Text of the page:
Taps are common engineer's tools, used in multiple industries. Used to cut the thread inside a hole which when combined with the external threads on a fastener hold workpieces together. Taps create the internal threads also known as female threads, whilst external male threads are created with dies.
How do taps work?
Both hand and machine taps work by cutting into and removing material form a workpiece, one is manually powered by a t-handle, whilst the other is used in a machine. They both operate in the same way being inserted into a pilot hole and turned with the teeth scraping away a spiralling ramp creating the female thread. They can be used to both create new threads and be run in to an already threaded hole to repair a damaged internal thread.
Taps typically cut in a clockwise direction for standard threads, working its way deeper into the hole creating new threads as it is turned, spinning the tap anti-clockwise removes the tap from the hole once the threads are formed.
## Types of taps
There are three main styles of tapping tools, each with their own features and benefits outlined below.
• **Taper tap** - These taps feature a shallow chamfer making the tap easier to align with the pilot hole and the overall process easier. The first few teeth take shallow cuts reducing the force required to turn the tool. Their drawback is that they cannot form threads all the way to the bottom of a blind hole as the first 7-10 threads are not fully formed, making them ideal for first time threading.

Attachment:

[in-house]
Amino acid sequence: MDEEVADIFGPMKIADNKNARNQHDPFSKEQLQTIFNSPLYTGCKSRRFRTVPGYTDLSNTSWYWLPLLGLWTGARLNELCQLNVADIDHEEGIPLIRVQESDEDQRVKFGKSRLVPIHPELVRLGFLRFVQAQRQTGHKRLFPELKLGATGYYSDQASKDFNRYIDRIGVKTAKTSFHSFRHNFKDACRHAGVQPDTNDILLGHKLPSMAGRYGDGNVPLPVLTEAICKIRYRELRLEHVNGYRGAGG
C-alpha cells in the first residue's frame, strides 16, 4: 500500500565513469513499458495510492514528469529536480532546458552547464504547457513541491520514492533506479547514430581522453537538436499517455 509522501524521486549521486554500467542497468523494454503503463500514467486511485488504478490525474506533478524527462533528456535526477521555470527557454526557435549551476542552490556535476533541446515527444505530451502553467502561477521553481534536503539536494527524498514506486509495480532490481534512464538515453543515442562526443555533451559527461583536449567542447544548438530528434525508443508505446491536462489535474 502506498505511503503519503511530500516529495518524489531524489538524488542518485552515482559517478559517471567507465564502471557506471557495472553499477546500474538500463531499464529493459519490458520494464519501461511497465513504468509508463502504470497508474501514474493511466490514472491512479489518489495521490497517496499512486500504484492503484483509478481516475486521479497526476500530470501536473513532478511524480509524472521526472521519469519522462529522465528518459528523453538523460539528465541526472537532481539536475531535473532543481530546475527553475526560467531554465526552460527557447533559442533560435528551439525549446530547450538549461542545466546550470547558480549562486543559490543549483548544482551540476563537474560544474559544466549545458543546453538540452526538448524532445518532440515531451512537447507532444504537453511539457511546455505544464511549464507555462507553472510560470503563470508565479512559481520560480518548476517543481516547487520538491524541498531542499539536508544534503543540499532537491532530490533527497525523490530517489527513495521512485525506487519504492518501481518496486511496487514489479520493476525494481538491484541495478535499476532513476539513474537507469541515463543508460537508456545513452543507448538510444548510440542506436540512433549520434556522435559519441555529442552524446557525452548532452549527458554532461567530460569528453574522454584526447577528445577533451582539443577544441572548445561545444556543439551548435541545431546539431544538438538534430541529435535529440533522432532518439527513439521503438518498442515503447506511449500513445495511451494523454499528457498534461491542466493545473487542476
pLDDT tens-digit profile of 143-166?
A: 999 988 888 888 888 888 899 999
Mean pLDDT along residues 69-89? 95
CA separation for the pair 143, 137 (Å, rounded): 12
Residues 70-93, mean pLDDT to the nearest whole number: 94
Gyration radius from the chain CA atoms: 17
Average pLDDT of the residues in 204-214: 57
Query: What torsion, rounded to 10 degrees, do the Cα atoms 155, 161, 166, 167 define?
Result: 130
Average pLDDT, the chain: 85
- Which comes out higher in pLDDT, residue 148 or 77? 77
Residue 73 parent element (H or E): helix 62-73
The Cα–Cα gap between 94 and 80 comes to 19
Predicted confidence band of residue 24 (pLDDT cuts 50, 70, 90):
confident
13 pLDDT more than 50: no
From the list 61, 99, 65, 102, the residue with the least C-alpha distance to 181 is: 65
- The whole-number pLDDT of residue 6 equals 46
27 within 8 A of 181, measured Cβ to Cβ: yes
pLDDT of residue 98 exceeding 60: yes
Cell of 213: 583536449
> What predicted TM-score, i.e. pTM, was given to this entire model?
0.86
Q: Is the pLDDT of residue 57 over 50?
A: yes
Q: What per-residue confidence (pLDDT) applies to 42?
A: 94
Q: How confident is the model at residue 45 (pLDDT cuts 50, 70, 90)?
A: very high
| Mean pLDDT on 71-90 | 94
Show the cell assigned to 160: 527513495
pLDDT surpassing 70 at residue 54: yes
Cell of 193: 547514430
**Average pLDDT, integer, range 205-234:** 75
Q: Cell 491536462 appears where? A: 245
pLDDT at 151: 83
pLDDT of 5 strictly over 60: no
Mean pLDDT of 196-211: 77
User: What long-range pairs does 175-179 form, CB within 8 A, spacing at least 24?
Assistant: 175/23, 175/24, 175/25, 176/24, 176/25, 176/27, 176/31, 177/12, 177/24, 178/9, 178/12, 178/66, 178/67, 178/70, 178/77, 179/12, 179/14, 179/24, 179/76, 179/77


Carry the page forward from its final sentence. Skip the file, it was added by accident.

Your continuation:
• **Plug tap** - These types of taps feature a shallow chamfer which, typically, affects the first 3 or 5 threads. This makes them harder to start the new thread as they require more force to turn along with a more difficult alignment process. However, their advantage lies in their ability to create threads deeper into the pilot hole. They are ideal for thread repair and deeper tapping once the taper tap had been run through. They also make an ideal too for through holes.
• **Bottoming tap** - The lead chamfer of these taps is 2 or less making them the go to tool to cut threads all the way to the bottom of a blind hole after a taper or plug tap has been used to create the initial thread cut.
As well as the different types of taps, the thread or flute design for the tap is suitable for different applications. The main types of flutes appearing on tap tools are:
• **Spiral flute** - These taps function similar to a drill bit, and feature deep flutes cut into the tool to evacuate chips. They are mostly suitable for softer metals that don't chip easily such as cast iron. Their drawback is that they don't feature as wide a cutting web, and this makes them weaker structurally compared to straight flute taps.
• **Straight flute** - These taps feature a larger cross section and straight flutes running down the cutting portion of the tool. This design makes them stronger than spiral flute taps and enables them to cut through hardened metals. Their disadvantage comes with chip evacuation as the operator need to be present to occasionally back the tool out of the hole and manually remove cut material. Failure to do this will lead to a less clean finish and possible breakage.
*What are taps made of?*
Taps, be they hand, or machine taps are typically manufactured from carbon or high-speed steel making them very durable and fit for the purpose of cutting into materials like metals. Some feature oxidised or other such coatings to help improve resistance to wear and heat when working with hardened metals.